Curried Cauliflower Soup with Annabelle’s Mustard Seed Oil and Yogurt

Whether roasted, braised, sautéed, gratinéed, or simmered gently into a soup, cauliflower is one of my favorite winter vegetables. I crave it for comfort…its soothing sweetness and versatility. It is a vegetable that takes very well to Indian spices, so when I’m craving that flavor profile, I usually braise it with whole spices that I’ve toasted and ground and serve it as a side dish.

One recent cold night I wanted soup. And I wanted Indian spices. Plus I had some of Annabelle Lenderick’s hand-harvested mustard seeds that she’d given me last summer. I wanted to do something special with them and I didn’t need any more homemade mustard in the house. I decided to try infusing them into oil.

The flavor result wasn’t earth shattering, but instead rather subtle. Toasted in oil as described below, the seeds will turn brown and pop energetically. Strain the oil and drizzle it over the soup. You’ll notice a nutty, warm flavor spreading over your tongue as you sample the soup.

Serves 4

1 teaspoon cumin seeds
1/2 teaspoon coriander seeds
1/2 teaspoon ground turmeric
1/4 to 1/2 teaspoon cayenne (depending on its level of heat and your preference)
3 tablespoons olive oil or ghee
1/2 of a large yellow onion, diced
2 celery stalks, diced
4 garlic cloves, finely chopped
1 1/2 pounds cauliflower (1 medium to large head)
5 cups chicken or vegetable broth
Salt and freshly ground fresh pepper
4 tablespoons vegetable oil for high heat cooking
1 tablespoon mustard seeds
Fresh lemon juice (optional)
Plain yogurt for serving
Cilantro leaves for serving

In a small, dry skillet, over medium heat, toast the cumin and coriander seeds, shaking the pan often, for 3 to 5 minutes, or until beginning to brown and become fragrant. Remove from pan and cool. In a spice grinder or with a mortar and pestle, grind the seeds finely. Stir in the turmeric and cayenne and set aside.


In a large soup pot over medium heat, warm the olive oil or ghee. Add the onion and celery and cook, stirring occasionally, until soft and fragrant (about 10 minutes). Add the garlic and cook 2 to 3 minutes. Add the spice mixture and cook, stirring for an additional 2 to 3 minutes, until fragrant. Add the cauliflower and the broth along with a few pinches of salt and some pepper. Bring to a boil, stirring occasionally, and then lower heat, cover partially and simmer until the cauliflower is soft, about 30 minutes.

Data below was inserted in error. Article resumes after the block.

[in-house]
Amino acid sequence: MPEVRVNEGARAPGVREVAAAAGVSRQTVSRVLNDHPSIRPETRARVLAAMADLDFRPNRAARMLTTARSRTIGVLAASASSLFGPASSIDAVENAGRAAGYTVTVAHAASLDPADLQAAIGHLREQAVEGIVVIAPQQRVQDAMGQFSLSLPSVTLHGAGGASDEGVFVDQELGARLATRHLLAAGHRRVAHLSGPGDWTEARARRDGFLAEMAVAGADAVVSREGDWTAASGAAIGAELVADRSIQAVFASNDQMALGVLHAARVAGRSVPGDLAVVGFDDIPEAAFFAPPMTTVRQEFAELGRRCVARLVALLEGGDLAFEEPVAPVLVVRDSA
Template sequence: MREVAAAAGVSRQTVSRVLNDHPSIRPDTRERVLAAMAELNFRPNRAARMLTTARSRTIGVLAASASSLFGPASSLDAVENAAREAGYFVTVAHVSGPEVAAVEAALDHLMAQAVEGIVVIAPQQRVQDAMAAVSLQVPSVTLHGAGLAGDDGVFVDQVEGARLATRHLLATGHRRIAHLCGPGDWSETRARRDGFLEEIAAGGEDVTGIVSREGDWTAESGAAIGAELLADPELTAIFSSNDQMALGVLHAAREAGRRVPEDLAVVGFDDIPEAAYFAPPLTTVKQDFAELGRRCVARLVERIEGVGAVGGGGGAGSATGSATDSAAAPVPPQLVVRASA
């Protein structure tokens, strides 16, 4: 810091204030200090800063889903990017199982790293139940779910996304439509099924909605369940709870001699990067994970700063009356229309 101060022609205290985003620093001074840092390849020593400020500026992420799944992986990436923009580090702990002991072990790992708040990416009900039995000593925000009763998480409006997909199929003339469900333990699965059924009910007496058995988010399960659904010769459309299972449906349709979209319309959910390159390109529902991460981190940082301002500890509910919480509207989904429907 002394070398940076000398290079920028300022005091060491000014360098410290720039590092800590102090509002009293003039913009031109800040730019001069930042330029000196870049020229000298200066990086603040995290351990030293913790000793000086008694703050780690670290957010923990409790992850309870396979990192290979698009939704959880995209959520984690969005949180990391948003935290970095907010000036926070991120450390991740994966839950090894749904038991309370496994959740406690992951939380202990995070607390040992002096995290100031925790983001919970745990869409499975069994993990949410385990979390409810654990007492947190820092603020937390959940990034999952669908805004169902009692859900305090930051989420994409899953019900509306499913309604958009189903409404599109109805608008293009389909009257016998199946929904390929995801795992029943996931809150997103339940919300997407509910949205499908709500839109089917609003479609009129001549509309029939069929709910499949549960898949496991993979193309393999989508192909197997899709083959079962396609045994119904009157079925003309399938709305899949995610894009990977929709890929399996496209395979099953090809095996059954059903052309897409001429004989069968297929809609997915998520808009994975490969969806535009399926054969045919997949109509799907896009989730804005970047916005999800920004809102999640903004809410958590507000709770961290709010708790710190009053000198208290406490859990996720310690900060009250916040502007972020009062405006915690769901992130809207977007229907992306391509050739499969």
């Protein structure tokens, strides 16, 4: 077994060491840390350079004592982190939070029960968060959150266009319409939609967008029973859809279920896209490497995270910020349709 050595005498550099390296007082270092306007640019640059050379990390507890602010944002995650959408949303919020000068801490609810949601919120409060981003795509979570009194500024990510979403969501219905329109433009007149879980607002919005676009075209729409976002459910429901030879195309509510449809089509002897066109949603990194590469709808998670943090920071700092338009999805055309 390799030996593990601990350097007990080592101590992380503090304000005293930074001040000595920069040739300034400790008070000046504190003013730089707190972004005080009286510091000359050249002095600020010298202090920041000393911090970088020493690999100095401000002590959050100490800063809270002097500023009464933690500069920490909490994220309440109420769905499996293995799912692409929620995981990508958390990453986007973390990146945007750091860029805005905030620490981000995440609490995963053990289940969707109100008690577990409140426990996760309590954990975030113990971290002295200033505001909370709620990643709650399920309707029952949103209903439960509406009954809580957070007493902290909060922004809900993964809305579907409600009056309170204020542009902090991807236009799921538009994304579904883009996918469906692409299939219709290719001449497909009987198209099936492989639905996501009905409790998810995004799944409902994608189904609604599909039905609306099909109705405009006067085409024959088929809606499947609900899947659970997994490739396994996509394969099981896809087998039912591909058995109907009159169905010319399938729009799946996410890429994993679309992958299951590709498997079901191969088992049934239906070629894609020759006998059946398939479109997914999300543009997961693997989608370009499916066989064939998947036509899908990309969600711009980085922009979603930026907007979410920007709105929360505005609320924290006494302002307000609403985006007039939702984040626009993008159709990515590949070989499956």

Meanwhile, make the mustard seed oil. In a small skillet, over medium –low heat, warm the vegetable oil with the mustard seeds for 4 to 5 minutes. They will brown and begin to pop. Don’t let them burn. Cool and let sit to infuse the oil and then strain before using.

Cool the cooked soup and then puree until smooth. Return to the pot and heat slowly. Taste and adjust for salt and pepper. If you find the soup needs a little acid, add a squeeze or two of lemon juice to taste.

Serve with a drizzle each of yogurt and mustard oil along with a few leaves of fresh cilantro.

Share and Enjoy:
  • Print
  • Digg
  • Sphinn
  • Facebook
  • Mixx
  • Google Bookmarks
  • Blogplay
This entry was posted in from the market, healthy, hearty. Bookmark the permalink. Post a comment or leave a trackback: Trackback URL.

One Comment

  1. sara
    Posted March 15, 2010 at 4:34 pm | Permalink

    thanks for posting & sharing this recipe, vb – it looks delicious. i may make some in the coming weeks as it’s finally on the cusp of autumn here! woohoo!

Post a Comment

Your email is never published nor shared. Required fields are marked *


You may use these HTML tags and attributes: <a href="" title=""> <abbr title=""> <acronym title=""> <b> <blockquote cite=""> <cite> <code> <del datetime=""> <em> <i> <q cite=""> <strike> <strong>

  • Buy My Books

  • Shop Chronicle Books


  • Archives

  • Categories

  • Connect with Vanessa

    Twitter Facebook RSS

    Enter your email address to
    receive my blog posts via email:
    Delivered by FeedBurner

  • Copyright Information

    The recipes and images on this site belong to Vanessa Barrington. Feel free to link here and if you’d like to use a recipe or image, please ask permission first. Thank you.